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How Parker Chase went from sports cars to NASCAR

How Parker Chase went from sports cars to NASCAR

Forty-five minutes southwest of Circuit of the Americas, Parker Chase grew up watching the races from his home in New Braunfels, Texas.

Whether it was NASCAR on his television or driving through Hill Country Kart Club Raceway, the go-kart track 10 minutes from his home, Chase was mesmerized by the feeling of speed.

In 2011, at the age of 10, Chase finally asked his parents if he could race in Hill Country and quickly received a no. Soon after, Chase’s father went NASCAR racing at Texas Motor Speedway, which only frustrated Chase further.

“It (ticked me off) and I was like, ‘Well, that’s what we’ll do when you get back,'” Chase said in an interview with NBC Sports.

So began his motorsport career, with a journey filled with go-karts and sports cars that included a stint as Kyle Buschteammate of the 2020 edition of the Rolex 24 at Daytona.

These days, Chase is going the stock car route. And on Saturday, just under 10 years after witnessing COTA’s debut for the 2012 United States Formula 1 Grand Prix, Chase will make his first NASCAR Xfinity Series start at his home track, driving the Toyota #26 for Sam Hunt Racing.

“To debut on Xfinity, there is something special…” said Chase. “Having everyone who has supported me over the past 11 years that I have raced to see me debut on Xfinity is special.”

While Friday’s practice session will mark his first laps in an Xfinity car, Chase has plenty of laps around the Circuit of the Americas in other vehicles.

His stint in go-karts turned into road racing, sending Chase into sports cars at a young age. His first laps at COTA took place in 2016 during a test session. And at 15, Chase was there to drive a Porsche for the Pirelli World Challenge balance of performance test “just to get some track time.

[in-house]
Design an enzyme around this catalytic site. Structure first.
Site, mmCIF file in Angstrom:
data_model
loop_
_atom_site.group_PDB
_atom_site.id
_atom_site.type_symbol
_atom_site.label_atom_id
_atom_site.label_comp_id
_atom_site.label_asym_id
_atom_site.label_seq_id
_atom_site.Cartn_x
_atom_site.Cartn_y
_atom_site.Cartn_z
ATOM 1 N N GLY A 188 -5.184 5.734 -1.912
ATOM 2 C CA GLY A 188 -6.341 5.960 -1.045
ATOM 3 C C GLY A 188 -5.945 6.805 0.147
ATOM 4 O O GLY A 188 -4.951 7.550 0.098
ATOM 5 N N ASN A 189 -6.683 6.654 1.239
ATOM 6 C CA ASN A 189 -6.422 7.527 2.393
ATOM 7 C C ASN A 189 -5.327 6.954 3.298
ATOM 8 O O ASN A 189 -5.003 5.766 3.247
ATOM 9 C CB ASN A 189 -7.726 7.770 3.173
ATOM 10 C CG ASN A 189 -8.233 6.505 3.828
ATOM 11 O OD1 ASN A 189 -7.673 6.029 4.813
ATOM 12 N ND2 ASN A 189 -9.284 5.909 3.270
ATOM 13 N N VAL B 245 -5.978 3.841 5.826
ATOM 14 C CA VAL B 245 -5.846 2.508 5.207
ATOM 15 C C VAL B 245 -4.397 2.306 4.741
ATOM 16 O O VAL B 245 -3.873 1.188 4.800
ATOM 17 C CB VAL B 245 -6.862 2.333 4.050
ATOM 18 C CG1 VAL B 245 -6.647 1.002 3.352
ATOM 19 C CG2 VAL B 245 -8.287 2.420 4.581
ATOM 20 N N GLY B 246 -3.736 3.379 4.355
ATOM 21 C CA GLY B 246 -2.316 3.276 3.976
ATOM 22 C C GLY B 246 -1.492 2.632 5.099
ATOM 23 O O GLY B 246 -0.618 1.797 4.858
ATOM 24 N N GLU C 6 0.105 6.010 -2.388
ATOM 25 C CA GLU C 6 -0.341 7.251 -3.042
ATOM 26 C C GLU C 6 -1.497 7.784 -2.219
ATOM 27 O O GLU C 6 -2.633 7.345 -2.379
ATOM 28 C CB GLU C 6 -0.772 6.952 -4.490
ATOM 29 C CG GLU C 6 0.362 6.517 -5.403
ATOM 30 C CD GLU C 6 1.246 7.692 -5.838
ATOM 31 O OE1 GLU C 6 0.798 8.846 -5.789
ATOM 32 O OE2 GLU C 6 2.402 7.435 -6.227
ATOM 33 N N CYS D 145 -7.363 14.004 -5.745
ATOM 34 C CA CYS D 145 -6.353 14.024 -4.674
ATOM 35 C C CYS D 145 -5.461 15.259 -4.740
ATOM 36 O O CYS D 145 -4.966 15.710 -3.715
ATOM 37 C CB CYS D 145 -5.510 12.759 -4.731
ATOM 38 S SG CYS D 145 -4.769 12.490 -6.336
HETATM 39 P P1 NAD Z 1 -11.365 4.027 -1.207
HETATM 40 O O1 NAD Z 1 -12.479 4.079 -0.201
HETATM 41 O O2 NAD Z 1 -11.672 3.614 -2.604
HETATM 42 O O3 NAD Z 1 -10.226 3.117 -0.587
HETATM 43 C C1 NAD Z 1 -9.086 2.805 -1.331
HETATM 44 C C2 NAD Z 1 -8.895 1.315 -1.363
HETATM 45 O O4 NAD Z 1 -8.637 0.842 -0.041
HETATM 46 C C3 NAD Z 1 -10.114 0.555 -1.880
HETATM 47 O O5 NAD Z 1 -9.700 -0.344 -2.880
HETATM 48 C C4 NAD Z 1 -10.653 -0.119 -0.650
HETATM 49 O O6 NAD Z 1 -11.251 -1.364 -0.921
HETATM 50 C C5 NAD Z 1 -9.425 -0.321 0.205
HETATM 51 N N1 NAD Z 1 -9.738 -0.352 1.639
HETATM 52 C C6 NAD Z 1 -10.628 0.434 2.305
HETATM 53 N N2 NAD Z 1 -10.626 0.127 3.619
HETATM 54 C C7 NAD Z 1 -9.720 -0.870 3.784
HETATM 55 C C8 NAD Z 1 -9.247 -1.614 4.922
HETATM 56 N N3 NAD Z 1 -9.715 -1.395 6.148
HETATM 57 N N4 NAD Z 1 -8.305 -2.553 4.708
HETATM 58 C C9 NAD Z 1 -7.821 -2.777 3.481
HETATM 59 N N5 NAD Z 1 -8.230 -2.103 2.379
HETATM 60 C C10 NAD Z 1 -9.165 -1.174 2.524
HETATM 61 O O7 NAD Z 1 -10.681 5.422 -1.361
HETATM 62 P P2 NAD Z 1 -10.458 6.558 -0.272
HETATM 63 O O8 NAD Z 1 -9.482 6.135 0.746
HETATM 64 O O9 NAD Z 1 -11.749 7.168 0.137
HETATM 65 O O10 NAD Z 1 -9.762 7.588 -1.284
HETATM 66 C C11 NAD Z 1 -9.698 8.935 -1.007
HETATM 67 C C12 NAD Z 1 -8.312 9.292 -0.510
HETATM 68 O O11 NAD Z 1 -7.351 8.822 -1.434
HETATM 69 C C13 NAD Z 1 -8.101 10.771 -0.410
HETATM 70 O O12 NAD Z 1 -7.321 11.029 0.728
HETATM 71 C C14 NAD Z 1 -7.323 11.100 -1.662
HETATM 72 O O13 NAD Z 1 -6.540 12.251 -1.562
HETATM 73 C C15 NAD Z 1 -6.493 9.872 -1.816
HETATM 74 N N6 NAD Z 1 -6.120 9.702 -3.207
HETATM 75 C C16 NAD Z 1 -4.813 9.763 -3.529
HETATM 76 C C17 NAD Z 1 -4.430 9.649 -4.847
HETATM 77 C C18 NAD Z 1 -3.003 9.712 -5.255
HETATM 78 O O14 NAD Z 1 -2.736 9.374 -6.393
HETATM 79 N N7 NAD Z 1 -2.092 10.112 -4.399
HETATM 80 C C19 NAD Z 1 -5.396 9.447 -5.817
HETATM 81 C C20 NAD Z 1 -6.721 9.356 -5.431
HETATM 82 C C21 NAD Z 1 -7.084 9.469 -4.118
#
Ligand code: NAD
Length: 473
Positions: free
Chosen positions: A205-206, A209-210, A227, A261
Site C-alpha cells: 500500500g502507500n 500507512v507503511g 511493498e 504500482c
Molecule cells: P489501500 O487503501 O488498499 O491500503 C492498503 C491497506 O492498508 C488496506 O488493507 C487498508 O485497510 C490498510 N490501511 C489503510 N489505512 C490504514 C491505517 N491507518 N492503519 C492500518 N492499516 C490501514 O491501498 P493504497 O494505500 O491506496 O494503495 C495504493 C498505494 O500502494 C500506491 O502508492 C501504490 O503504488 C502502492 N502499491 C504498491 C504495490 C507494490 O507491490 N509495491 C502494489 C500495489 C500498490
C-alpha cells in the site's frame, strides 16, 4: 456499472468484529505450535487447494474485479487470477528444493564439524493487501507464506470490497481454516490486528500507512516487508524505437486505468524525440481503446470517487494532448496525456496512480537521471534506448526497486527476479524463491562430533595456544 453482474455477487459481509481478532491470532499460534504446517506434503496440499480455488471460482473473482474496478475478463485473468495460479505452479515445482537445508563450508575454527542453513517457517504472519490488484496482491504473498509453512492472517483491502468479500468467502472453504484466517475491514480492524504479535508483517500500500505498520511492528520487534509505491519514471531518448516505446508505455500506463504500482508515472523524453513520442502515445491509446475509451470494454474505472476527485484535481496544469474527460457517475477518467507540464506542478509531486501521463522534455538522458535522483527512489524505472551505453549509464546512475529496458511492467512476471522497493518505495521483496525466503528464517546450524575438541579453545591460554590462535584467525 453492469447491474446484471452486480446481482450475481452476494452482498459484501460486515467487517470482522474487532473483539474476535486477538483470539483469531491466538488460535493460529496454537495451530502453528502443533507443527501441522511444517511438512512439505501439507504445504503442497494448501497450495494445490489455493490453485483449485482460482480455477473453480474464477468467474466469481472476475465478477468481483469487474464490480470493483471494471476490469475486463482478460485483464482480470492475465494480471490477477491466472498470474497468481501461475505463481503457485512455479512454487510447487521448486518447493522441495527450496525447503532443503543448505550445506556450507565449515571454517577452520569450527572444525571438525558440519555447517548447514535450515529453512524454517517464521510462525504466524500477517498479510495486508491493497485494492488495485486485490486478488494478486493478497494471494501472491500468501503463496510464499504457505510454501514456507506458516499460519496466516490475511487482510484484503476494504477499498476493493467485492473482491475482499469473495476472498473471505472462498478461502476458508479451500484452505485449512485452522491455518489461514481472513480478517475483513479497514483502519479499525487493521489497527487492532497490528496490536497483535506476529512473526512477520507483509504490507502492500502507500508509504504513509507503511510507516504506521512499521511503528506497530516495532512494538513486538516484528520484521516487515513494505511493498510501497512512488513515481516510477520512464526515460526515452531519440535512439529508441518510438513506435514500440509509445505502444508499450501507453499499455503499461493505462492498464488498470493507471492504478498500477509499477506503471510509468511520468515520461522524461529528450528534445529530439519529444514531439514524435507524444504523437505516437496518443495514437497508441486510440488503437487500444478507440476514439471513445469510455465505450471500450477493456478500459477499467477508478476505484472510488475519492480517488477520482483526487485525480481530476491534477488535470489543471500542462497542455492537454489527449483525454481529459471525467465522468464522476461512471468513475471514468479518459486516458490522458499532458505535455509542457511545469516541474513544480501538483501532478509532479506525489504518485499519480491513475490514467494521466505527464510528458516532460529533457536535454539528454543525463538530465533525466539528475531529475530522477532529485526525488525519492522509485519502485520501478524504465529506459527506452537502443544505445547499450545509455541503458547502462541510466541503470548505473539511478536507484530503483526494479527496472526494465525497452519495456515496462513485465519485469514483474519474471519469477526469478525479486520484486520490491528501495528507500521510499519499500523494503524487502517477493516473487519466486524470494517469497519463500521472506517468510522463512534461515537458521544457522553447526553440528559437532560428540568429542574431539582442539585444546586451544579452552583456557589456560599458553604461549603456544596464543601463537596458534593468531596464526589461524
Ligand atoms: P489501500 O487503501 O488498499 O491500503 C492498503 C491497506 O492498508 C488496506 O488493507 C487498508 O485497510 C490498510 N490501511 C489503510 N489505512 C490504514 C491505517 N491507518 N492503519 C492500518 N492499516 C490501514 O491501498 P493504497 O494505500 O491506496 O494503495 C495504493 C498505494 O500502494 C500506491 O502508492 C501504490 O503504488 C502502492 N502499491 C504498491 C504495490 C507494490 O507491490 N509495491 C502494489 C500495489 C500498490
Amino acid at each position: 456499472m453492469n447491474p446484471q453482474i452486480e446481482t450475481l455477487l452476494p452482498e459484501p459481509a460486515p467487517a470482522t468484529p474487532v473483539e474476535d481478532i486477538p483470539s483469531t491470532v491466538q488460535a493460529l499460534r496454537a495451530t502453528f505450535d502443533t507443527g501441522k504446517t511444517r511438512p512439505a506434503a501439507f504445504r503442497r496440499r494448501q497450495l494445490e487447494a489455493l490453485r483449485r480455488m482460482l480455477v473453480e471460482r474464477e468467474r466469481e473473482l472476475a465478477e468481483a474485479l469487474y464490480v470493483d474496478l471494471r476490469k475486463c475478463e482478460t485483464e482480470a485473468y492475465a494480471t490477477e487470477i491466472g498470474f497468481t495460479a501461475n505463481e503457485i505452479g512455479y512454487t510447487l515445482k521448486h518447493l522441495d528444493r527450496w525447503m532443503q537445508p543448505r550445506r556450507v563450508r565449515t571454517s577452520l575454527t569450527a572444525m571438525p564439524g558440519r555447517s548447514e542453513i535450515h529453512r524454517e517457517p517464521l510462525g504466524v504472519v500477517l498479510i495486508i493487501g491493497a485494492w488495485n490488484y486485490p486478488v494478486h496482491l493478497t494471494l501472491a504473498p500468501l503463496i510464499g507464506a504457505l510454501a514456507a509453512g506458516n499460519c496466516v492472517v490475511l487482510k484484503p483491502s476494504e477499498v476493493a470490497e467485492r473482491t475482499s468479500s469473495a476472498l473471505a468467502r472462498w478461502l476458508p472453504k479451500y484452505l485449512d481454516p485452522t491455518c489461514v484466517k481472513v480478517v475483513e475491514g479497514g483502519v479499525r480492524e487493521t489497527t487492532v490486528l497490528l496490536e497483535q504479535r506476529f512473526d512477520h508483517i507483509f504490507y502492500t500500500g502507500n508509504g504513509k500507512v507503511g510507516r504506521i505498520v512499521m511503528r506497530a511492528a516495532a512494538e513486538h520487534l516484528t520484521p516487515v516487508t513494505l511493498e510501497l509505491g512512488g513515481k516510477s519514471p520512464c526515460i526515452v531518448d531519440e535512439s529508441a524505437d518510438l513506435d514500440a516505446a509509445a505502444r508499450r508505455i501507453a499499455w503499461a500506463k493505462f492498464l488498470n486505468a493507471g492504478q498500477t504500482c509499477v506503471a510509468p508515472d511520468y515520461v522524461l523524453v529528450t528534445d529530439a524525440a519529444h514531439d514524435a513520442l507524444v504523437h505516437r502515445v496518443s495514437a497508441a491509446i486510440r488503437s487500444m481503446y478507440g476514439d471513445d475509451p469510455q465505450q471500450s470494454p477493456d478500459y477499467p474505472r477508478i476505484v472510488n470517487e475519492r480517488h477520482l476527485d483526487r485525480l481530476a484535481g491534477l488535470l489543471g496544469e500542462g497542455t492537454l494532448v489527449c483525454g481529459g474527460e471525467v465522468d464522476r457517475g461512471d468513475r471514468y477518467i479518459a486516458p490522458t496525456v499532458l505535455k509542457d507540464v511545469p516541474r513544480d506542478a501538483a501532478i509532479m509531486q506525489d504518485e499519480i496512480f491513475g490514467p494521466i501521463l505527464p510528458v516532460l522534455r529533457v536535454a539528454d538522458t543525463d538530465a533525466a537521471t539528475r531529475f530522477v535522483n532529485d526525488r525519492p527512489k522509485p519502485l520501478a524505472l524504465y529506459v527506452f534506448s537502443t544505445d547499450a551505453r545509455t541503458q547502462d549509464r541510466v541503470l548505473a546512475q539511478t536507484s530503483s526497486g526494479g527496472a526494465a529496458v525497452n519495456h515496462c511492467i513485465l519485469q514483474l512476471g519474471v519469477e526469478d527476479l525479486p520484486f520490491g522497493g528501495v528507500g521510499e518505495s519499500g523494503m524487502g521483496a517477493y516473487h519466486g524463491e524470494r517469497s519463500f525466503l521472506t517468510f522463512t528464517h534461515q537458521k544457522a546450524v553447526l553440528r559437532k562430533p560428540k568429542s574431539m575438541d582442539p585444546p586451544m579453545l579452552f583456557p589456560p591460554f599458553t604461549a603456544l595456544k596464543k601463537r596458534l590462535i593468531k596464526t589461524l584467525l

“I ended up jumping in a different car and getting out and going pretty fast, and so the plans for the whole year changed,” Chase said. “We went to do a full Pirelli World Challenge season in GT4 (with Performance Motorsport Group). And I think my first race there was about a month later, and we finished third on the podium and fifth. in another race.

This season has steadily propelled Chase into the world of sportscars, earning multiple podium finishes over two seasons with PMG and making his debut in 2017 in the IMSA WeatherTech Sports Car Championship at COTA. The following year, Chase competed in two separate series of the Pirelli World Challenge, winning six combined races and a championship.

Parker Chase (L) and Ryan Dalziel after the Pirelli World Challenge race at Portland International Raceway on July 15, 2018. (Photo by Brian Cleary/Getty Images)

He made his first start at the 2019 24 Hours of Daytona, competing for Starworks Motorsport in one of six races with the team. But it was his run at Road Atlanta in October that changed Chase’s eventual path.

Chase raced that event for AIM Vasser Sullivan Racing, and three and a half months later was back with the team for the 2020 24 Hours of Daytona. Chase drove the team’s No. 14 Lexus as a teammate of Jack Hawksworth, Michael De Quesada and one Kyle Busch, who had just won his second NASCAR Cup Series championship. The band finished ninth in the GTD class at Daytona.